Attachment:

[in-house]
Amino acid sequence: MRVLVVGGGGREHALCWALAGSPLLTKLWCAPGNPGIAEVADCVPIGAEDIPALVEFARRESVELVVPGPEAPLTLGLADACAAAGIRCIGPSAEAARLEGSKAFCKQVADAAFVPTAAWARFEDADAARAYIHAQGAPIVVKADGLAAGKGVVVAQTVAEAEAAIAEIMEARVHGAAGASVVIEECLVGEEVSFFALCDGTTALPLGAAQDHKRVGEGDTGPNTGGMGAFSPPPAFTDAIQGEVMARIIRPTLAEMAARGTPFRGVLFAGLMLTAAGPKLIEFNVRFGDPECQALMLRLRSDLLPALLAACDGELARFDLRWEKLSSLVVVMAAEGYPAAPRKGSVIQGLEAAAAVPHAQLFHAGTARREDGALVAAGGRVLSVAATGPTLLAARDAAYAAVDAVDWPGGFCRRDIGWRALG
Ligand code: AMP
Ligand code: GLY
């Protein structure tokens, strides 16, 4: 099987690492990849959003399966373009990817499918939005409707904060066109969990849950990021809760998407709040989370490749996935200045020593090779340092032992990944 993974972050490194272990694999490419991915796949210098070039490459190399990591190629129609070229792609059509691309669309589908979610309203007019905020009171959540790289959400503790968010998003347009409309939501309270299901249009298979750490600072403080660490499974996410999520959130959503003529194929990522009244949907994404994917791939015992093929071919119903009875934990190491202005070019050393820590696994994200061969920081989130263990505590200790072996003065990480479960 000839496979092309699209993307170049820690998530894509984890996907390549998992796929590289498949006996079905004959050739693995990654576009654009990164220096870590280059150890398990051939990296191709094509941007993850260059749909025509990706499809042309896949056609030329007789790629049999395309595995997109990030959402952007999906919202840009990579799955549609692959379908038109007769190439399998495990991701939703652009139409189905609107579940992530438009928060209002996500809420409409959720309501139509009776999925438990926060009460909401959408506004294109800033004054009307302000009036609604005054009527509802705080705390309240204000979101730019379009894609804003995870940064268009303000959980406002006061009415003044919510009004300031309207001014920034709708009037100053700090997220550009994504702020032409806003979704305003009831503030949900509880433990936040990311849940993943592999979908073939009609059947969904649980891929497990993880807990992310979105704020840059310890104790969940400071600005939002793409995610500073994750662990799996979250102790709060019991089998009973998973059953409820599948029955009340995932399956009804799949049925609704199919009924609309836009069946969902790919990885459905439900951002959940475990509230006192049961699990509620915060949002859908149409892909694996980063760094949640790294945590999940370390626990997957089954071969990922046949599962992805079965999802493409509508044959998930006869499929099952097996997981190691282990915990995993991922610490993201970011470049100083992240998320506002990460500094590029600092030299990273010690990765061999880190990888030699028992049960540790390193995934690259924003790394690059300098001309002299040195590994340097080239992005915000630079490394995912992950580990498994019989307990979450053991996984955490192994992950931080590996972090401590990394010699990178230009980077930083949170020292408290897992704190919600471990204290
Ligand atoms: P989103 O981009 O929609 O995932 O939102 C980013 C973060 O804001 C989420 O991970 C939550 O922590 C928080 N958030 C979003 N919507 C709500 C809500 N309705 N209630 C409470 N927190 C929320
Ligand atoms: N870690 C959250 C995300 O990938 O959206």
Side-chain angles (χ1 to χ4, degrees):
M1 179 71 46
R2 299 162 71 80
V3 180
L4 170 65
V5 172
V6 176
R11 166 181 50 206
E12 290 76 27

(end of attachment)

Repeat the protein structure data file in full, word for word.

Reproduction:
[in-house]
Amino acid sequence: MRVLVVGGGGREHALCWALAGSPLLTKLWCAPGNPGIAEVADCVPIGAEDIPALVEFARRESVELVVPGPEAPLTLGLADACAAAGIRCIGPSAEAARLEGSKAFCKQVADAAFVPTAAWARFEDADAARAYIHAQGAPIVVKADGLAAGKGVVVAQTVAEAEAAIAEIMEARVHGAAGASVVIEECLVGEEVSFFALCDGTTALPLGAAQDHKRVGEGDTGPNTGGMGAFSPPPAFTDAIQGEVMARIIRPTLAEMAARGTPFRGVLFAGLMLTAAGPKLIEFNVRFGDPECQALMLRLRSDLLPALLAACDGELARFDLRWEKLSSLVVVMAAEGYPAAPRKGSVIQGLEAAAAVPHAQLFHAGTARREDGALVAAGGRVLSVAATGPTLLAARDAAYAAVDAVDWPGGFCRRDIGWRALG
Ligand code: AMP
Ligand code: GLY
């Protein structure tokens, strides 16, 4: 099987690492990849959003399966373009990817499918939005409707904060066109969990849950990021809760998407709040989370490749996935200045020593090779340092032992990944 993974972050490194272990694999490419991915796949210098070039490459190399990591190629129609070229792609059509691309669309589908979610309203007019905020009171959540790289959400503790968010998003347009409309939501309270299901249009298979750490600072403080660490499974996410999520959130959503003529194929990522009244949907994404994917791939015992093929071919119903009875934990190491202005070019050393820590696994994200061969920081989130263990505590200790072996003065990480479960 000839496979092309699209993307170049820690998530894509984890996907390549998992796929590289498949006996079905004959050739693995990654576009654009990164220096870590280059150890398990051939990296191709094509941007993850260059749909025509990706499809042309896949056609030329007789790629049999395309595995997109990030959402952007999906919202840009990579799955549609692959379908038109007769190439399998495990991701939703652009139409189905609107579940992530438009928060209002996500809420409409959720309501139509009776999925438990926060009460909401959408506004294109800033004054009307302000009036609604005054009527509802705080705390309240204000979101730019379009894609804003995870940064268009303000959980406002006061009415003044919510009004300031309207001014920034709708009037100053700090997220550009994504702020032409806003979704305003009831503030949900509880433990936040990311849940993943592999979908073939009609059947969904649980891929497990993880807990992310979105704020840059310890104790969940400071600005939002793409995610500073994750662990799996979250102790709060019991089998009973998973059953409820599948029955009340995932399956009804799949049925609704199919009924609309836009069946969902790919990885459905439900951002959940475990509230006192049961699990509620915060949002859908149409892909694996980063760094949640790294945590999940370390626990997957089954071969990922046949599962992805079965999802493409509508044959998930006869499929099952097996997981190691282990915990995993991922610490993201970011470049100083992240998320506002990460500094590029600092030299990273010690990765061999880190990888030699028992049960540790390193995934690259924003790394690059300098001309002299040195590994340097080239992005915000630079490394995912992950580990498994019989307990979450053991996984955490192994992950931080590996972090401590990394010699990178230009980077930083949170020292408290897992704190919600471990204290
Ligand atoms: P989103 O981009 O929609 O995932 O939102 C980013 C973060 O804001 C989420 O991970 C939550 O922590 C928080 N958030 C979003 N919507 C709500 C809500 N309705 N209630 C409470 N927190 C929320
Ligand atoms: N870690 C959250 C995300 O990938 O959206």
Side-chain angles (χ1 to χ4, degrees):
M1 179 71 46
R2 299 162 71 80
V3 180
L4 170 65
V5 172
V6 176
R11 166 181 50 206
E12 290 76 27